Akerman provides some great acting during her small presence in the movie, as well as one fantastic duet with Tom Cruise. You'd think that everyone in this film is good in their parts, right? Well, there is one actress who was really unnecessary in this movie, and her name is Mary J. Blige. Blige basically shows up in the second half of the film, doing some impressive vocal work, and hires Hough's character as a stripper where they sing 'Any Way You Want It.' After that, she is just in the movie to be a part of various musical numbers. There was nothing else for her character other than singing. Blige's singing might be stellar, but she isn't given anything really to act with or have any other character arc aside from owning a strip club. Overall, if you like the music that this film features and the strong performances by the cast, then odds are you will have "nothing but a good time" when watching this movie.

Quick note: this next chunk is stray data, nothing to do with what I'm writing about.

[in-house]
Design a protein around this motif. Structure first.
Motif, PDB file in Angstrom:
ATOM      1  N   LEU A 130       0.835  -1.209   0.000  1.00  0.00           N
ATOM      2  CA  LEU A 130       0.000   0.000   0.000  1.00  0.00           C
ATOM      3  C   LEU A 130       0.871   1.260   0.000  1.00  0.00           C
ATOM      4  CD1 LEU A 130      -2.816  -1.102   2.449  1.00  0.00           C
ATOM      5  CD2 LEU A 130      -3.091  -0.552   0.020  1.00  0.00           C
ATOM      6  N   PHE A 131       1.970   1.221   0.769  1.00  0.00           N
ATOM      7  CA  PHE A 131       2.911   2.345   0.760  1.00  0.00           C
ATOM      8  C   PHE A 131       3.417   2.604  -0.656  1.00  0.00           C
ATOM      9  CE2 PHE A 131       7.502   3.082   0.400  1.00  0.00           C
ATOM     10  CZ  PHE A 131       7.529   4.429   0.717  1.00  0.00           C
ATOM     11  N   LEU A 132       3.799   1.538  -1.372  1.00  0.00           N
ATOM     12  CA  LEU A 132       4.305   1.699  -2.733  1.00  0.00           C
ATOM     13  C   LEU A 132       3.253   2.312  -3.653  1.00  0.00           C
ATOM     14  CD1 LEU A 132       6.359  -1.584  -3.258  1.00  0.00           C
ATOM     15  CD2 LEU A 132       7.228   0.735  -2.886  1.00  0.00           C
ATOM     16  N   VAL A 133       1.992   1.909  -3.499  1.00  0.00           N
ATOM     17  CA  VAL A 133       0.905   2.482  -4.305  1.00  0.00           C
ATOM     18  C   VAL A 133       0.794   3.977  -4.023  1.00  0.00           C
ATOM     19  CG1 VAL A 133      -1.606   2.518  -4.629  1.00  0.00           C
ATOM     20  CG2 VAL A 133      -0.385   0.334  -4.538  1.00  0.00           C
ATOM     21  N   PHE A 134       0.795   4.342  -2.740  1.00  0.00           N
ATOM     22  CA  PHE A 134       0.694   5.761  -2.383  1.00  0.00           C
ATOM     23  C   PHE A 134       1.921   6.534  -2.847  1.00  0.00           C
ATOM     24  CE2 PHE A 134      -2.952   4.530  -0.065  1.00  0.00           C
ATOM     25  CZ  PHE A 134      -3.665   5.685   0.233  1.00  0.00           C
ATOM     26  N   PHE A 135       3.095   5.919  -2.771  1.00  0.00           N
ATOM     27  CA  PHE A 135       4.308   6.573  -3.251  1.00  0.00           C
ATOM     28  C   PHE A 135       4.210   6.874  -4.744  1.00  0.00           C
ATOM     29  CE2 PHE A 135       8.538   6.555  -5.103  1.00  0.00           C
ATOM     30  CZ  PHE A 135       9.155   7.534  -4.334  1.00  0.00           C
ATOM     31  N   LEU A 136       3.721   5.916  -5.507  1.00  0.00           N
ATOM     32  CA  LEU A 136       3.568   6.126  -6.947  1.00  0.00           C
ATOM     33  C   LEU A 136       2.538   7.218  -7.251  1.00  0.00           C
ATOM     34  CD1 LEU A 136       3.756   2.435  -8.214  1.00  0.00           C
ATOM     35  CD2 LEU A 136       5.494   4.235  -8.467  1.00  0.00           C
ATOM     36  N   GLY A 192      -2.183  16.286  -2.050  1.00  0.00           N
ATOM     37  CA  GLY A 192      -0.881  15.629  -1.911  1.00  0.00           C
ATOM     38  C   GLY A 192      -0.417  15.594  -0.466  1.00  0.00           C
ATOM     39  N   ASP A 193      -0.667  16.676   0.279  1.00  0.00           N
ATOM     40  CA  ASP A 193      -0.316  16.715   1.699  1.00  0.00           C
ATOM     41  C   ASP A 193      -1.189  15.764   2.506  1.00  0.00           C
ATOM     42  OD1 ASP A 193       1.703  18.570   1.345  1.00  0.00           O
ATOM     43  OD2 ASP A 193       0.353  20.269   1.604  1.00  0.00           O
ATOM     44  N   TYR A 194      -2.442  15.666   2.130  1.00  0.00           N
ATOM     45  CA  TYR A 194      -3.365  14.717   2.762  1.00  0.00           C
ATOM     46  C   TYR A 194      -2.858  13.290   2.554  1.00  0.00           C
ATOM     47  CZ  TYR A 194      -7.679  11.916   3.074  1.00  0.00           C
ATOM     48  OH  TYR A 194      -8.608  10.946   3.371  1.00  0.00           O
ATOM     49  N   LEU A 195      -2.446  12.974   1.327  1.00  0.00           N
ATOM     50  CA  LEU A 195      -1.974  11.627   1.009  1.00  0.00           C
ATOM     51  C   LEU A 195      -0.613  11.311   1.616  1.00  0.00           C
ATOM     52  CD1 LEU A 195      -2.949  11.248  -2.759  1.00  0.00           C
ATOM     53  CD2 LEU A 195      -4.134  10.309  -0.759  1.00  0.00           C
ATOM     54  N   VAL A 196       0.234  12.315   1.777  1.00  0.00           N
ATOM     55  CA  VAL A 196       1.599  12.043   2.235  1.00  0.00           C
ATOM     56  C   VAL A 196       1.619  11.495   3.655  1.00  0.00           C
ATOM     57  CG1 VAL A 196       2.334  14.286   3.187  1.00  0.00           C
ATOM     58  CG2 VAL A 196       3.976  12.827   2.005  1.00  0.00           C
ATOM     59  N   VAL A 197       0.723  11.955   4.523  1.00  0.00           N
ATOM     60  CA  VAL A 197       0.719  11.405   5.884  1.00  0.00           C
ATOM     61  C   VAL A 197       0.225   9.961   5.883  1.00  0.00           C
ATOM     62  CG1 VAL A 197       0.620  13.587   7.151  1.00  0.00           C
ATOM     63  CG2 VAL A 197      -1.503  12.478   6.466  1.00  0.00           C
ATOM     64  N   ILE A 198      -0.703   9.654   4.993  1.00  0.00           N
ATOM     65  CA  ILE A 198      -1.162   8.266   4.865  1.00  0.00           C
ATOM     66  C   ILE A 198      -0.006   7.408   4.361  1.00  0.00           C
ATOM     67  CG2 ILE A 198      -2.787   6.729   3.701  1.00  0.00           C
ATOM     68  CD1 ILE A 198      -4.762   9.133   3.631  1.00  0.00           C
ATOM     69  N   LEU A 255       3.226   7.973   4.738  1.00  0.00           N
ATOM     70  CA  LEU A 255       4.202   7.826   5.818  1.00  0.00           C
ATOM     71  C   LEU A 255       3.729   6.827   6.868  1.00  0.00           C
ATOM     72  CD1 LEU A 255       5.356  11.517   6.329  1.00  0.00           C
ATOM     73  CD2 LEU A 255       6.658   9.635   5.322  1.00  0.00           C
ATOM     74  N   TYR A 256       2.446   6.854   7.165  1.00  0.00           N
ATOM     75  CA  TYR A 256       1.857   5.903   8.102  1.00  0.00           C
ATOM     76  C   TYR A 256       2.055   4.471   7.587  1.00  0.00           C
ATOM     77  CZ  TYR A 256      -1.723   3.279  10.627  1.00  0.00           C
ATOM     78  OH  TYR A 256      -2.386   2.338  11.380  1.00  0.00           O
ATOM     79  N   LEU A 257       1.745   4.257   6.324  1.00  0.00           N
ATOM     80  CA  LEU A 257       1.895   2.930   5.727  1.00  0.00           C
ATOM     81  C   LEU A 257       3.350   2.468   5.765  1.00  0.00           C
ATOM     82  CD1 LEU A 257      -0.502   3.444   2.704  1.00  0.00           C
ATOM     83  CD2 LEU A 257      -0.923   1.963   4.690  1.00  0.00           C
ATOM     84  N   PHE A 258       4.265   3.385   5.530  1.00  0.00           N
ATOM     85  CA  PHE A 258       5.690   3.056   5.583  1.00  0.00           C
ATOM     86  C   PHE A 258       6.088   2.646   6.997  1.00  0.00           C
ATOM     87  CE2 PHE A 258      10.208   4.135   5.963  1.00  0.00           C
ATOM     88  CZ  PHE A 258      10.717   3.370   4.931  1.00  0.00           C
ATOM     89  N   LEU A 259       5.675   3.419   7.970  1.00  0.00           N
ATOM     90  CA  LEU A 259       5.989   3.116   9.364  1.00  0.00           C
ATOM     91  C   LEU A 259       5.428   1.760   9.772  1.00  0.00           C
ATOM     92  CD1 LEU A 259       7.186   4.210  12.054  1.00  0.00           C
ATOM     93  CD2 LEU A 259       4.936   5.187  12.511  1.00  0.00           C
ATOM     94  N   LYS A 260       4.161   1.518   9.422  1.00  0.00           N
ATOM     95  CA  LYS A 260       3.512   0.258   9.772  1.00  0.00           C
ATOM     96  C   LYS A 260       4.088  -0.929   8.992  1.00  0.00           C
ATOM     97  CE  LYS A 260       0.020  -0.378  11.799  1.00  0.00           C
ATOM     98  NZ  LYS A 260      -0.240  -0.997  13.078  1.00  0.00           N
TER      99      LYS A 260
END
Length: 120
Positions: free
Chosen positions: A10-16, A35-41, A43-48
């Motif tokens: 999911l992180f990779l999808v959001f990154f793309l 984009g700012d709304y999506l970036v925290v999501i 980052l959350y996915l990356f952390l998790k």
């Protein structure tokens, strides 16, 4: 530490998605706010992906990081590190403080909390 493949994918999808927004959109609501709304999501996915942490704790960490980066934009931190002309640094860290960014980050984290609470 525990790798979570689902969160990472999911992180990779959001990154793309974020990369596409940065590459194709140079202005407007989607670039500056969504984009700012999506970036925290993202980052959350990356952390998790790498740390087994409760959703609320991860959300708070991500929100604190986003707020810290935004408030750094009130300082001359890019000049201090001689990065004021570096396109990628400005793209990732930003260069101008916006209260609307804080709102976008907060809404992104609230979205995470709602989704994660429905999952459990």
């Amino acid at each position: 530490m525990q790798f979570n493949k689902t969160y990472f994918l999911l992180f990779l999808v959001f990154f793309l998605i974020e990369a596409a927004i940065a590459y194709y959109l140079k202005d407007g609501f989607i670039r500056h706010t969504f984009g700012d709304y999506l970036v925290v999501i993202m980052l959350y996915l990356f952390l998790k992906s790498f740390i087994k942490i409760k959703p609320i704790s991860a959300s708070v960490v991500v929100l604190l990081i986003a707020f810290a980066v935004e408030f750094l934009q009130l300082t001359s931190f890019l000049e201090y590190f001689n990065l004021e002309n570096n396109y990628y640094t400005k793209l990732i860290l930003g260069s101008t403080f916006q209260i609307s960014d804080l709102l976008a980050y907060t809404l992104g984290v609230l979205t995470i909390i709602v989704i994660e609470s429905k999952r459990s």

'Rock of Ages' has a story that goes in all directions, music that's wild and zippy, and a cast that knows how to rock it and work it when it comes to singing and acting. If you're not a fan of musicals or 80's music at all, then you probably won't dig this movie very much. There are references to 80's satire that at some points are actually clever and funny. The others are just regular old homages that are good but nothing really special. The cast rocks for the most part, with the most acting effort coming from Tom Cruise. The music will have you singing and dancing in your chairs if you're into that type of thing. If not, then you can giggle at the fact that someone would actually sing and dance to these jukebox songs. However to that person who does geek out to this type of thing, do not feel ashamed to take a mind trip into the 1980s, because that's exactly what 'Rock of Ages' is meant to do. The Broadway show is probably better, but for the most part this movie adaptation makes me want to rock out and belt out 'Pour Some Sugar On Me' in front of random strangers. If one is looking for a solid and fun theater experience this Father's Day weekend, or just wants to rock out to some great 80's covers done by some of today's best stars, then take a time trip to 1987 and experience the pure fun of 'Rock of Ages.'